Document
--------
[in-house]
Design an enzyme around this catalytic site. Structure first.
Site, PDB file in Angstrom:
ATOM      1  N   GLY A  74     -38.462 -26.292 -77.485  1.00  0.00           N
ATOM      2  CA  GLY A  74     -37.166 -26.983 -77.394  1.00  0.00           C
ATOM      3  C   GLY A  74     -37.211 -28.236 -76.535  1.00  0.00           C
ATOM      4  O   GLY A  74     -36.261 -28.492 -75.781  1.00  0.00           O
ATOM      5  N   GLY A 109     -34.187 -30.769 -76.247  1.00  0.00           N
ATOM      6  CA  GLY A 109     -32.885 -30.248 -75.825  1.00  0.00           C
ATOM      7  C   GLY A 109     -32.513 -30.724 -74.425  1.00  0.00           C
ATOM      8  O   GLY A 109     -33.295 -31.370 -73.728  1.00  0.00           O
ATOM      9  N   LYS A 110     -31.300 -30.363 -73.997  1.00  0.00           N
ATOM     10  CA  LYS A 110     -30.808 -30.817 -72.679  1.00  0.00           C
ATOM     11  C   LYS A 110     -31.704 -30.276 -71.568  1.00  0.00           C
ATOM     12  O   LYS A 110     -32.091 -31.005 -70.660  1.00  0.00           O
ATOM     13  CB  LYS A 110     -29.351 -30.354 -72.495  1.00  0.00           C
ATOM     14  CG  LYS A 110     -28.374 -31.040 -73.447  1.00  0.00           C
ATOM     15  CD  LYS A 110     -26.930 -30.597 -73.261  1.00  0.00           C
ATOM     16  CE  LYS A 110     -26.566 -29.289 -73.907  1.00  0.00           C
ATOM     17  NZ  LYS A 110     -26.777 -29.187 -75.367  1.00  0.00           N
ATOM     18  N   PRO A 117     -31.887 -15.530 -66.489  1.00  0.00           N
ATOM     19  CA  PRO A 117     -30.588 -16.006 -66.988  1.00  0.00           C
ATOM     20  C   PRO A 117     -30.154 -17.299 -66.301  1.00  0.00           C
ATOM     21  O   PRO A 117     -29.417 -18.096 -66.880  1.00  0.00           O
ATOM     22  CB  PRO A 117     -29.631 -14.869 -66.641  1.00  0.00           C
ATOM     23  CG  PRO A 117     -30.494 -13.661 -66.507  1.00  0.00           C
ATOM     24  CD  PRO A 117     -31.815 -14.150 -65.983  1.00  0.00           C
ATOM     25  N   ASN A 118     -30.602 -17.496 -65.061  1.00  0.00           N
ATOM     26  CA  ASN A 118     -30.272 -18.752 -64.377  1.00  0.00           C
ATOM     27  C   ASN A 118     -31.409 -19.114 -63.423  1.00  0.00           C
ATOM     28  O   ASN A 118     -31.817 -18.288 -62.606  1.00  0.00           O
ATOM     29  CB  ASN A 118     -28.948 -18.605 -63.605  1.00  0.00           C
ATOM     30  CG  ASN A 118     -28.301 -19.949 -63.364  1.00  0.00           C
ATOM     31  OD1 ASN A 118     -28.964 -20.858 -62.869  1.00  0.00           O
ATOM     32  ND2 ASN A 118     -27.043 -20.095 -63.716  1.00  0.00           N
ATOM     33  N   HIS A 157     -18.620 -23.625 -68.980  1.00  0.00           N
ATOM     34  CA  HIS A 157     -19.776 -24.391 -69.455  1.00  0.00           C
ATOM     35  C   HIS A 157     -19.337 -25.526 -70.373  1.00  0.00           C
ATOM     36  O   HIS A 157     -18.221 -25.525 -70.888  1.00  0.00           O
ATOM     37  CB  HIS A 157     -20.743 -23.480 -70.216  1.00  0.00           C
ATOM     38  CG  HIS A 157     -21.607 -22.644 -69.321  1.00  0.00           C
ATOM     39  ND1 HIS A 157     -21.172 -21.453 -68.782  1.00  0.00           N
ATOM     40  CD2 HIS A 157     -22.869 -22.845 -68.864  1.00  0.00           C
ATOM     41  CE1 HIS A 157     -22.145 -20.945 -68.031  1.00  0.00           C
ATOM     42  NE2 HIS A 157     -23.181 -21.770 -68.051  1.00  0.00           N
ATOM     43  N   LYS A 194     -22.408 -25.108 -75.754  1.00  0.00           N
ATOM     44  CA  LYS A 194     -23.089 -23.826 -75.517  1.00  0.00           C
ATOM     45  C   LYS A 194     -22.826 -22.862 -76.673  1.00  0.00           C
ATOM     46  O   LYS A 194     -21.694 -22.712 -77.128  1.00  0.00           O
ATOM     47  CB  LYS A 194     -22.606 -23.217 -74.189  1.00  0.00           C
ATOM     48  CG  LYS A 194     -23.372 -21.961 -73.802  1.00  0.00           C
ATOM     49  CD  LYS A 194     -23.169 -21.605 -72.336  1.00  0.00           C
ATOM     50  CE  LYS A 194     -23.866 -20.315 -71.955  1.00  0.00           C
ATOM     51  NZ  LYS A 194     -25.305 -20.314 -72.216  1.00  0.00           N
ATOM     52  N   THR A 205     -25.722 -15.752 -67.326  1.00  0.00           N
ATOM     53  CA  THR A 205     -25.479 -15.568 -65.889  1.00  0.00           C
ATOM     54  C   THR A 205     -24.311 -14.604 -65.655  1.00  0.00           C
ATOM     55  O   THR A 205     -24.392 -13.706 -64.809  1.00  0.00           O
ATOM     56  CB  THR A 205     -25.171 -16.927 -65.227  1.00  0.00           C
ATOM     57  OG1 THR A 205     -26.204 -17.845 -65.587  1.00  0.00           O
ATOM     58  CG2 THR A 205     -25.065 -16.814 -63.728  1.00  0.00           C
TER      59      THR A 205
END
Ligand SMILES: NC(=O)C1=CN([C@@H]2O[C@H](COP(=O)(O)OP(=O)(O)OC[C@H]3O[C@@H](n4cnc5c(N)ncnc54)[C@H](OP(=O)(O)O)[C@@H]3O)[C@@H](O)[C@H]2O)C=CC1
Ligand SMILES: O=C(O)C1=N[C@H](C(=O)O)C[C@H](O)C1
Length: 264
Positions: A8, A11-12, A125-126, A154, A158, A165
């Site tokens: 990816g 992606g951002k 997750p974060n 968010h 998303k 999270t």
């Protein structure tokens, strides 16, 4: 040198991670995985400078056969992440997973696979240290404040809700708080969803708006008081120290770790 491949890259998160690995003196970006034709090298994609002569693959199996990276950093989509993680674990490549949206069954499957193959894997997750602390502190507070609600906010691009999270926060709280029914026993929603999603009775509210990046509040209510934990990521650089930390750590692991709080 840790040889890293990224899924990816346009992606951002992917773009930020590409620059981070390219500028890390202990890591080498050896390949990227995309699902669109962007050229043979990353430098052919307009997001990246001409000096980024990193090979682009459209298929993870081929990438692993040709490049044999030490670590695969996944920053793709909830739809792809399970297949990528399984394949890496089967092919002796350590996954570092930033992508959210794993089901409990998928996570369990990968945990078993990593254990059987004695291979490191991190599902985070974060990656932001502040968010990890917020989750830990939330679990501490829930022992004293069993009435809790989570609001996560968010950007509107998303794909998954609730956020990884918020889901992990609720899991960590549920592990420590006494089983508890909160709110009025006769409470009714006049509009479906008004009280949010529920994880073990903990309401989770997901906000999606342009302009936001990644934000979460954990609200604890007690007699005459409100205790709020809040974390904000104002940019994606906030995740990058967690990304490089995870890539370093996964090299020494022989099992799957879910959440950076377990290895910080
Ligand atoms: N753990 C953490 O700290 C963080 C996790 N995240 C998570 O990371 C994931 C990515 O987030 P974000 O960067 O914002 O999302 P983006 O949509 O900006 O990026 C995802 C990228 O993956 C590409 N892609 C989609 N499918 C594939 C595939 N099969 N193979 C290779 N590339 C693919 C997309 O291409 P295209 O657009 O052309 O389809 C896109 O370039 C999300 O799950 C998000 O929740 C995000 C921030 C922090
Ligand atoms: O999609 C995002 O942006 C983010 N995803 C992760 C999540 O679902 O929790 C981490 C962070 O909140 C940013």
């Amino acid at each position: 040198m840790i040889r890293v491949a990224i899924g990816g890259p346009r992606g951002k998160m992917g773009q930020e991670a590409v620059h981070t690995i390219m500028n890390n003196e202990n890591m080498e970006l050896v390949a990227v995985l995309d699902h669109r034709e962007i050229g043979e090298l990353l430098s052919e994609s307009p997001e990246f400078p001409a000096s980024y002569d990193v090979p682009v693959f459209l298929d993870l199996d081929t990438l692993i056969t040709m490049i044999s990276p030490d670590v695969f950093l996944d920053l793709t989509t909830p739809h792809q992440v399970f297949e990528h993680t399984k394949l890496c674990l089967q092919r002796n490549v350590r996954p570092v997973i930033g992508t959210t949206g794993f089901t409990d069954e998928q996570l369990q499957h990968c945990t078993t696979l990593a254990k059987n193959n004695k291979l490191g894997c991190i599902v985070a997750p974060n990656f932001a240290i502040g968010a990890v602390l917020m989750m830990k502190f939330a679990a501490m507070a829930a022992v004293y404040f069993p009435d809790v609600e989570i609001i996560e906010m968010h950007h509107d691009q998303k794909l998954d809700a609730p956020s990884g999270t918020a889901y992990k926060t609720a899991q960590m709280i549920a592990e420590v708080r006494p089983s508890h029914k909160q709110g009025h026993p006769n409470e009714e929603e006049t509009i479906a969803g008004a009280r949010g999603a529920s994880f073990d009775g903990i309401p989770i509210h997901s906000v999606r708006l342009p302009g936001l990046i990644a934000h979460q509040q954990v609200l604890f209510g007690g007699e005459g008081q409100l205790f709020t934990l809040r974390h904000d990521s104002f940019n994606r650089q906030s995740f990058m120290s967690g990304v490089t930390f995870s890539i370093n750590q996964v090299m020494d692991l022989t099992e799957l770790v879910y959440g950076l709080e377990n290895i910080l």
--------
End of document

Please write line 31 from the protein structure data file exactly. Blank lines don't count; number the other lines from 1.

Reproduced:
ATOM     28  O   ASN A 118     -31.817 -18.288 -62.606  1.00  0.00           O